A new learning activity on GV4F4 (Policy Advice in Theory and Practice). This is a 2.5hour simulation of a social research organisation preparing a bid for a local transport policy tender. The activity adds a practical component to GV4F4, a module that introduces MSc students to theory of evidence-based policy making, the science-policy nexus, and policy advice and evaluation tools. 35 students were enrolled in the class.
Participants were studying towards an MSc in Public Policy and Administration as well as International Migration and Public Policy. Most of them have a career interest in producing policy advice either as part of public administration, or as part of think tanks/NGOs.
The activity puts students into the role of policy evaluation professionals at a fictional research organisation (DemRes) producing evidence for policy in the fictional Evbaland. A local government (City of Drais) has issued an invitation to tender for social research on micromobility (think: e-scooters, docked bicycle schemes). Students adopted roles in one of five groups:
- three research groups (cost-benefit analysis (CBA); randomised controlled trials (RCT); behavioural insights for policy / nudge (BI) who develop proposals
- a management team who decide whether to put in a bid, and if so, which of the groups to assign the task to
- an HR administration team who observe the research groups working, and hand out an Excellence Award to the team with highest quality of analysis and most inclusive decision-making.
The activity has two intended learning outcomes.
1) apply and deepen understanding of policy evaluation research methods and approaches taught in previous sessions
2) experience and reflect on the multiple, and at times conflicting, objectives and constraints that feed into - and thus affect - research for policy advice.
The activity replaces the usual learning activities (readings, 1h lecture, 1.5h seminar) of one out of its 10 weeks towards the end of the module. The core of the simulation is a one-hour meeting, at the end of which the management and HR team present their decisions. Groups have one week to prepare. In the seminar following the simulation, students discuss the lessons drawn from the exercise.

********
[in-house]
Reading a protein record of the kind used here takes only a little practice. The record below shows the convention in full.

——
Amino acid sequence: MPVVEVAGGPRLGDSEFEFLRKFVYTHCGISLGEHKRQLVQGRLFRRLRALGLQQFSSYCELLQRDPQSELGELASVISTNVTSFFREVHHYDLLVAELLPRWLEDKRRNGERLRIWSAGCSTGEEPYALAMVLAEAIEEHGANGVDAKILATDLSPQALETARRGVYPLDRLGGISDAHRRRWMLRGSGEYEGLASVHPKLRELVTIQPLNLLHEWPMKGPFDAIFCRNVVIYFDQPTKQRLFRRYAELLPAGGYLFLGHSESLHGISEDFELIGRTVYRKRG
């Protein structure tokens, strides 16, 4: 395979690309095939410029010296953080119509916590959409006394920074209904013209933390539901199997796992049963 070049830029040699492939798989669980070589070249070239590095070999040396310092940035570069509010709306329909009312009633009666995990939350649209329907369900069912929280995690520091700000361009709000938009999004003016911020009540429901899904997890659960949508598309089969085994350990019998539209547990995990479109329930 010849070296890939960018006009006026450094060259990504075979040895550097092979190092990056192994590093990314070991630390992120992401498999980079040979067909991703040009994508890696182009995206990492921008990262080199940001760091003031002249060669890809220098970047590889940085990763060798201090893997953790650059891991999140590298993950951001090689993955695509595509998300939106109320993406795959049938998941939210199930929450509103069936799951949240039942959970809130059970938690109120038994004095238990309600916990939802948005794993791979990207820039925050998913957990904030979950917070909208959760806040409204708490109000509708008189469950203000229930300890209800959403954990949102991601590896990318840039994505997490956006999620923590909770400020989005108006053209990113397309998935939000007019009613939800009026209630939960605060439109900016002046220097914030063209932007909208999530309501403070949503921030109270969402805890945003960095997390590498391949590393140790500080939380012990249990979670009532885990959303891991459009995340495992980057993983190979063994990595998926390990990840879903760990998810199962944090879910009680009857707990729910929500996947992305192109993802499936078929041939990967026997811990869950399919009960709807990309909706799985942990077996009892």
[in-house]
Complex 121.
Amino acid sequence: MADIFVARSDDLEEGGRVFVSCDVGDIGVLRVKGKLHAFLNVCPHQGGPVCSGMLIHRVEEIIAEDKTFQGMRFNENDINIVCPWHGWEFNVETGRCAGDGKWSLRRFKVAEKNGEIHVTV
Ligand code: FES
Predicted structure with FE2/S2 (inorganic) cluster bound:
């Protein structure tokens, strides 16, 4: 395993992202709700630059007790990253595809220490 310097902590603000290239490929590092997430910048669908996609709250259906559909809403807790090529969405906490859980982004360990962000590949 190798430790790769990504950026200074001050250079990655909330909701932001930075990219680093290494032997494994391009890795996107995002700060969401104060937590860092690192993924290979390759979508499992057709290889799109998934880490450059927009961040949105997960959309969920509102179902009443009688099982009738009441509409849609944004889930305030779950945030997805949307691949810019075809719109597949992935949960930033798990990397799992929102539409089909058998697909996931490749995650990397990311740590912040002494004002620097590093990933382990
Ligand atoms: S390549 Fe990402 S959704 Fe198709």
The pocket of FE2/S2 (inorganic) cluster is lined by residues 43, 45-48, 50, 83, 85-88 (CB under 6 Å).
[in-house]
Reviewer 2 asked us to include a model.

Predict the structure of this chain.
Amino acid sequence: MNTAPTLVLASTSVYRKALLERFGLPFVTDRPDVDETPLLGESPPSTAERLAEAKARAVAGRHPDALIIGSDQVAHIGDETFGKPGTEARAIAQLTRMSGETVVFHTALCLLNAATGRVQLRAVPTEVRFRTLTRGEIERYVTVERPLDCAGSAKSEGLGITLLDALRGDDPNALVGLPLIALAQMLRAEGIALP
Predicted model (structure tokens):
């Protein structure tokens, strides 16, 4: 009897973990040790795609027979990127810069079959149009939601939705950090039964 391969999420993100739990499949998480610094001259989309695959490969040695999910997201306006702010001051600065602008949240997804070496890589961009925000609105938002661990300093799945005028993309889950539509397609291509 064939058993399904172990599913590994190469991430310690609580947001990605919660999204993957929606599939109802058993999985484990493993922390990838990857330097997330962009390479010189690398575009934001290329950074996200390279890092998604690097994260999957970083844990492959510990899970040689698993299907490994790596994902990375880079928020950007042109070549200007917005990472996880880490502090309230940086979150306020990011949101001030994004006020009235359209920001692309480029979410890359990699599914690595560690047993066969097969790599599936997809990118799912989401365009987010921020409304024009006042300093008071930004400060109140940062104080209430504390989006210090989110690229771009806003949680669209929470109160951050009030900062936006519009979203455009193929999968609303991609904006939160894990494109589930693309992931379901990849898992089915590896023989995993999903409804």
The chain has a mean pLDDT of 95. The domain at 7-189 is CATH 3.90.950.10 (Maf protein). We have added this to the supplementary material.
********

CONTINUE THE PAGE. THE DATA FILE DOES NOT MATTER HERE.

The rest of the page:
I designed the activity over a period of overall three months, dedicating about 10 full working days to create the scenario and develop its resources:
The Eden Catalyst Fund funded a Research Assistant and professional design of the materials by the LSE design unit. This enhanced the quality of the resources, especially their real-life feel. The activity also benefited from feedback and support from Dr Jenni Carr and the Eden Centre.
When redesigning parts of the module, I wanted to create an opportunity for students to apply their analytical skills to a more practical exercise. I learned more about designing simulation activities by actively participating in SIM-SIG workshops, and about the Eden development fund. This was also an occasion to invest in my professional development in curriculum and learning design.
The design of the material had a direct impact on the participants’ motivation and engagement in the activity on the day. It helped students’ deep immersion into their roles.
In the activity evaluation survey, an overwhelming majority of respondents agreed that “experiencing a practical social research situation has allowed [them] to deepen [their] understanding of the theoretical social research approaches taught in [the previous weeks” and that it had “allowed [them] to deepen [their] analysis of the practice of social research for public policy.”
Answers to open ended questions included statements such as: “I found it to be very helpful and hope that in the future other courses will begin to incorporate similar exercises in lectures/ seminars”, “I really liked how detailed and how close to real life the exercise. For example, how the call for tender and the organisations were inspired from real life ones.” Students also gave relevant critical comments, such as providing more time for the activity, and rethinking the role of the management team.
The activity’s aim was to deepen students’ understanding of the research approaches for policy studied in the previous weeks. They had definitely reached a deep understanding thereof by the end of the module, as students performed very highly in the formal assessment.
I plan to run the activity again in the next academic year, but review it in the light of my evaluation and the feedback I received. I will also adapt it to the LSE Curriculum Shift, and will adapt it to blended learning. I will then consider writing about the intervention for academic publication.
The main advice I would give is that it was worth the effort to take the time to design the activity as well as the resources. I also learned a lot by involving students in the evaluation of the activity, so I recommend leaving plenty of time for evaluating the activity with students at the end. This gives students the possibility to reflect on their experience as well as learn from what others experienced.
Colleagues considering developing their own simulation activity might also be interested in the LSE simulation special interest group LSE SIM-SIG. This is a practice exchange group for colleagues who are planning to use, or are currently using, simulations in the classroom. LSE SIM-SIG will meet once a term, and there is an online space to share resources and support. To join LSE SIM-SIG contact Jenni Carr (firstname.lastname@example.org).